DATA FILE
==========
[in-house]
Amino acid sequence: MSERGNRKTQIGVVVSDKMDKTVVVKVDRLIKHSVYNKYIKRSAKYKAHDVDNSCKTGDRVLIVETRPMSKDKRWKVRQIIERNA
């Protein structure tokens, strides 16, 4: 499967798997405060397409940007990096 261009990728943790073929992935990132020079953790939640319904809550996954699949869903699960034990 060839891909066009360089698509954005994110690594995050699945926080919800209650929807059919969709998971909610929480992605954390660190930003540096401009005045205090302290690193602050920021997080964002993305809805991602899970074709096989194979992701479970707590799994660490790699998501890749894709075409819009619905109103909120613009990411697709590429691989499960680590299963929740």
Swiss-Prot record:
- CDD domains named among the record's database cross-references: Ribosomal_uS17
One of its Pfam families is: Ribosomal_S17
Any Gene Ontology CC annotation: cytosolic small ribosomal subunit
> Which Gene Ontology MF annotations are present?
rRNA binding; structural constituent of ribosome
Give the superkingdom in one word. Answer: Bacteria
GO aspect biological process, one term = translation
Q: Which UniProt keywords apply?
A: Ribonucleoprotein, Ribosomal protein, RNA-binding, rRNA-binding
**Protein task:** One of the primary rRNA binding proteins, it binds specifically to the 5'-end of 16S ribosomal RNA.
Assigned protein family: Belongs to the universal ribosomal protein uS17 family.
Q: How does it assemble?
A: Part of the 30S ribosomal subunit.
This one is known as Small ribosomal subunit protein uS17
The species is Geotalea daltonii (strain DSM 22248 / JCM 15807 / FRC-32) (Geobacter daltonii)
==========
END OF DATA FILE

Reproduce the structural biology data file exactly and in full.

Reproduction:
[in-house]
Amino acid sequence: MSERGNRKTQIGVVVSDKMDKTVVVKVDRLIKHSVYNKYIKRSAKYKAHDVDNSCKTGDRVLIVETRPMSKDKRWKVRQIIERNA
């Protein structure tokens, strides 16, 4: 499967798997405060397409940007990096 261009990728943790073929992935990132020079953790939640319904809550996954699949869903699960034990 060839891909066009360089698509954005994110690594995050699945926080919800209650929807059919969709998971909610929480992605954390660190930003540096401009005045205090302290690193602050920021997080964002993305809805991602899970074709096989194979992701479970707590799994660490790699998501890749894709075409819009619905109103909120613009990411697709590429691989499960680590299963929740």
Swiss-Prot record:
- CDD domains named among the record's database cross-references: Ribosomal_uS17
One of its Pfam families is: Ribosomal_S17
Any Gene Ontology CC annotation: cytosolic small ribosomal subunit
> Which Gene Ontology MF annotations are present?
rRNA binding; structural constituent of ribosome
Give the superkingdom in one word. Answer: Bacteria
GO aspect biological process, one term = translation
Q: Which UniProt keywords apply?
A: Ribonucleoprotein, Ribosomal protein, RNA-binding, rRNA-binding
**Protein task:** One of the primary rRNA binding proteins, it binds specifically to the 5'-end of 16S ribosomal RNA.
Assigned protein family: Belongs to the universal ribosomal protein uS17 family.
Q: How does it assemble?
A: Part of the 30S ribosomal subunit.
This one is known as Small ribosomal subunit protein uS17
The species is Geotalea daltonii (strain DSM 22248 / JCM 15807 / FRC-32) (Geobacter daltonii)